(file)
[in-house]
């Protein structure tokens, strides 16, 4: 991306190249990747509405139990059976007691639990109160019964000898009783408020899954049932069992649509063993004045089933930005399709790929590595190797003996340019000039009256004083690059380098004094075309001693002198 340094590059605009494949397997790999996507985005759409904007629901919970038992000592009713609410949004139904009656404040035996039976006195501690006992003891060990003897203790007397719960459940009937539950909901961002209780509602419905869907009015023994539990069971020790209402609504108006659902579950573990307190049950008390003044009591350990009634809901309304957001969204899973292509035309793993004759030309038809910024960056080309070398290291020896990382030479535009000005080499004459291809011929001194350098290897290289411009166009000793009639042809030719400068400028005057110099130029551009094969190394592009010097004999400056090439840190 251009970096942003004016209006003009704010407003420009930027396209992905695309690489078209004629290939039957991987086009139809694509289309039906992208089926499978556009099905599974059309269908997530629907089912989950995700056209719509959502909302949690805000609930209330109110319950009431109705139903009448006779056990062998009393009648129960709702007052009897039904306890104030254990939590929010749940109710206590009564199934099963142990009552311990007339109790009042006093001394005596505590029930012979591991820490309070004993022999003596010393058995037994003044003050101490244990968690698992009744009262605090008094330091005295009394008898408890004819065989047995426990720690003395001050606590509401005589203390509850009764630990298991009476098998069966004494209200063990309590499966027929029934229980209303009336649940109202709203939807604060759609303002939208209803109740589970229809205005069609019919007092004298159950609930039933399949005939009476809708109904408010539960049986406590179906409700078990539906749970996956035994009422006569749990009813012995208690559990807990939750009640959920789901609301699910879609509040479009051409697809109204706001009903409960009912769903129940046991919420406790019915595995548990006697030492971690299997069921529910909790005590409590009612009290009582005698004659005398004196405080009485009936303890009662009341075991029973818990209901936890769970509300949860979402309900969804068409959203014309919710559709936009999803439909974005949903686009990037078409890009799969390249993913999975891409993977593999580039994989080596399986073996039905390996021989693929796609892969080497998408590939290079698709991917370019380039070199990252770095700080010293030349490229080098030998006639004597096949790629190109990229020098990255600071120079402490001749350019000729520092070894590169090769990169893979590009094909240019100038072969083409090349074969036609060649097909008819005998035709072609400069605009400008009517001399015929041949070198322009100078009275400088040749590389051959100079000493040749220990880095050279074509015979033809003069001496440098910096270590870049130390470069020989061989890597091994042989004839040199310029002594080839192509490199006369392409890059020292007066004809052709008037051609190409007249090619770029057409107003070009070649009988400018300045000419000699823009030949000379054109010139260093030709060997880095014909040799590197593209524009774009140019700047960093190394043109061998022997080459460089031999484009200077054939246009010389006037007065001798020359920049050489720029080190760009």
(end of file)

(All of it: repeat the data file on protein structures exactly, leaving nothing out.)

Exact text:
[in-house]
């Protein structure tokens, strides 16, 4: 991306190249990747509405139990059976007691639990109160019964000898009783408020899954049932069992649509063993004045089933930005399709790929590595190797003996340019000039009256004083690059380098004094075309001693002198 340094590059605009494949397997790999996507985005759409904007629901919970038992000592009713609410949004139904009656404040035996039976006195501690006992003891060990003897203790007397719960459940009937539950909901961002209780509602419905869907009015023994539990069971020790209402609504108006659902579950573990307190049950008390003044009591350990009634809901309304957001969204899973292509035309793993004759030309038809910024960056080309070398290291020896990382030479535009000005080499004459291809011929001194350098290897290289411009166009000793009639042809030719400068400028005057110099130029551009094969190394592009010097004999400056090439840190 251009970096942003004016209006003009704010407003420009930027396209992905695309690489078209004629290939039957991987086009139809694509289309039906992208089926499978556009099905599974059309269908997530629907089912989950995700056209719509959502909302949690805000609930209330109110319950009431109705139903009448006779056990062998009393009648129960709702007052009897039904306890104030254990939590929010749940109710206590009564199934099963142990009552311990007339109790009042006093001394005596505590029930012979591991820490309070004993022999003596010393058995037994003044003050101490244990968690698992009744009262605090008094330091005295009394008898408890004819065989047995426990720690003395001050606590509401005589203390509850009764630990298991009476098998069966004494209200063990309590499966027929029934229980209303009336649940109202709203939807604060759609303002939208209803109740589970229809205005069609019919007092004298159950609930039933399949005939009476809708109904408010539960049986406590179906409700078990539906749970996956035994009422006569749990009813012995208690559990807990939750009640959920789901609301699910879609509040479009051409697809109204706001009903409960009912769903129940046991919420406790019915595995548990006697030492971690299997069921529910909790005590409590009612009290009582005698004659005398004196405080009485009936303890009662009341075991029973818990209901936890769970509300949860979402309900969804068409959203014309919710559709936009999803439909974005949903686009990037078409890009799969390249993913999975891409993977593999580039994989080596399986073996039905390996021989693929796609892969080497998408590939290079698709991917370019380039070199990252770095700080010293030349490229080098030998006639004597096949790629190109990229020098990255600071120079402490001749350019000729520092070894590169090769990169893979590009094909240019100038072969083409090349074969036609060649097909008819005998035709072609400069605009400008009517001399015929041949070198322009100078009275400088040749590389051959100079000493040749220990880095050279074509015979033809003069001496440098910096270590870049130390470069020989061989890597091994042989004839040199310029002594080839192509490199006369392409890059020292007066004809052709008037051609190409007249090619770029057409107003070009070649009988400018300045000419000699823009030949000379054109010139260093030709060997880095014909040799590197593209524009774009140019700047960093190394043109061998022997080459460089031999484009200077054939246009010389006037007065001798020359920049050489720029080190760009």